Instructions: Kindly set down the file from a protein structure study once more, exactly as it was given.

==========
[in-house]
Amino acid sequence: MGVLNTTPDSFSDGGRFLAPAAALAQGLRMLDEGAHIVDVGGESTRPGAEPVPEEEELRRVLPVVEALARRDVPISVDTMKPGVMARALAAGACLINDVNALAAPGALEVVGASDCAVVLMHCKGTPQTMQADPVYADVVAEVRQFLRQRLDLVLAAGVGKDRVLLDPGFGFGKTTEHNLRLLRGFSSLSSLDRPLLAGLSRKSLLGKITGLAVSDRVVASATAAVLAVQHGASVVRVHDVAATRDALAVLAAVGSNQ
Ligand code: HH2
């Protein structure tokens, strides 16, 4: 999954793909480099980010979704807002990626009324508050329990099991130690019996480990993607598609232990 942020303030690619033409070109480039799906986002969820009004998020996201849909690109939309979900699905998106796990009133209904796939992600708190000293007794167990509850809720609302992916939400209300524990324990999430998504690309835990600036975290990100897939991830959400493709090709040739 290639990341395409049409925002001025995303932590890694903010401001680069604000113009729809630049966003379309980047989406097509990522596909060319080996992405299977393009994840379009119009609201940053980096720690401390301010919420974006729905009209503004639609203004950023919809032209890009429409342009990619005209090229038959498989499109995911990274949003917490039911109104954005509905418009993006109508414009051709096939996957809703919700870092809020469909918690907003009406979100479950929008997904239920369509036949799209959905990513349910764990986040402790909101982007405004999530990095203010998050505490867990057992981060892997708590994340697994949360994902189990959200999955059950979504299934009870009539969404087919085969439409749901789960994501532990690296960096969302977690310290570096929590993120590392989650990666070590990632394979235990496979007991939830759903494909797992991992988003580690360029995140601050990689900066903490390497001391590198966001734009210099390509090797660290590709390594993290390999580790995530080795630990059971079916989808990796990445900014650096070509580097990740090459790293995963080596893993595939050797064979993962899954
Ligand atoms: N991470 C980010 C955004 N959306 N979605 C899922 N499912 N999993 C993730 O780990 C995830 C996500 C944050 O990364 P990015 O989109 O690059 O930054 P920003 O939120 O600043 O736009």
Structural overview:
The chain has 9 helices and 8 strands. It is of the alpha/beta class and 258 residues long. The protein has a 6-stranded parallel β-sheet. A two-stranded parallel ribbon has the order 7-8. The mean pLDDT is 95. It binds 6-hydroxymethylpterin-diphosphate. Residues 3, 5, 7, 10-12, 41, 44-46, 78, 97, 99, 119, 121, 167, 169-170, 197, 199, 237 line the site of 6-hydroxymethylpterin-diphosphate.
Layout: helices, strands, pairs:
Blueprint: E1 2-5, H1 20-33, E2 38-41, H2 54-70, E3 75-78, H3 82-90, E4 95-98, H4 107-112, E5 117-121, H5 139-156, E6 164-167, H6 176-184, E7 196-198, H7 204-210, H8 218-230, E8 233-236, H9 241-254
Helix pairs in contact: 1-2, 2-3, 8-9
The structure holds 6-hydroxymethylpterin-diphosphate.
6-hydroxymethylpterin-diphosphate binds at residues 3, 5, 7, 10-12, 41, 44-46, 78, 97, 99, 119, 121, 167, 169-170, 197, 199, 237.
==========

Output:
[in-house]
Amino acid sequence: MGVLNTTPDSFSDGGRFLAPAAALAQGLRMLDEGAHIVDVGGESTRPGAEPVPEEEELRRVLPVVEALARRDVPISVDTMKPGVMARALAAGACLINDVNALAAPGALEVVGASDCAVVLMHCKGTPQTMQADPVYADVVAEVRQFLRQRLDLVLAAGVGKDRVLLDPGFGFGKTTEHNLRLLRGFSSLSSLDRPLLAGLSRKSLLGKITGLAVSDRVVASATAAVLAVQHGASVVRVHDVAATRDALAVLAAVGSNQ
Ligand code: HH2
């Protein structure tokens, strides 16, 4: 999954793909480099980010979704807002990626009324508050329990099991130690019996480990993607598609232990 942020303030690619033409070109480039799906986002969820009004998020996201849909690109939309979900699905998106796990009133209904796939992600708190000293007794167990509850809720609302992916939400209300524990324990999430998504690309835990600036975290990100897939991830959400493709090709040739 290639990341395409049409925002001025995303932590890694903010401001680069604000113009729809630049966003379309980047989406097509990522596909060319080996992405299977393009994840379009119009609201940053980096720690401390301010919420974006729905009209503004639609203004950023919809032209890009429409342009990619005209090229038959498989499109995911990274949003917490039911109104954005509905418009993006109508414009051709096939996957809703919700870092809020469909918690907003009406979100479950929008997904239920369509036949799209959905990513349910764990986040402790909101982007405004999530990095203010998050505490867990057992981060892997708590994340697994949360994902189990959200999955059950979504299934009870009539969404087919085969439409749901789960994501532990690296960096969302977690310290570096929590993120590392989650990666070590990632394979235990496979007991939830759903494909797992991992988003580690360029995140601050990689900066903490390497001391590198966001734009210099390509090797660290590709390594993290390999580790995530080795630990059971079916989808990796990445900014650096070509580097990740090459790293995963080596893993595939050797064979993962899954
Ligand atoms: N991470 C980010 C955004 N959306 N979605 C899922 N499912 N999993 C993730 O780990 C995830 C996500 C944050 O990364 P990015 O989109 O690059 O930054 P920003 O939120 O600043 O736009």
Structural overview:
The chain has 9 helices and 8 strands. It is of the alpha/beta class and 258 residues long. The protein has a 6-stranded parallel β-sheet. A two-stranded parallel ribbon has the order 7-8. The mean pLDDT is 95. It binds 6-hydroxymethylpterin-diphosphate. Residues 3, 5, 7, 10-12, 41, 44-46, 78, 97, 99, 119, 121, 167, 169-170, 197, 199, 237 line the site of 6-hydroxymethylpterin-diphosphate.
Layout: helices, strands, pairs:
Blueprint: E1 2-5, H1 20-33, E2 38-41, H2 54-70, E3 75-78, H3 82-90, E4 95-98, H4 107-112, E5 117-121, H5 139-156, E6 164-167, H6 176-184, E7 196-198, H7 204-210, H8 218-230, E8 233-236, H9 241-254
Helix pairs in contact: 1-2, 2-3, 8-9
The structure holds 6-hydroxymethylpterin-diphosphate.
6-hydroxymethylpterin-diphosphate binds at residues 3, 5, 7, 10-12, 41, 44-46, 78, 97, 99, 119, 121, 167, 169-170, 197, 199, 237.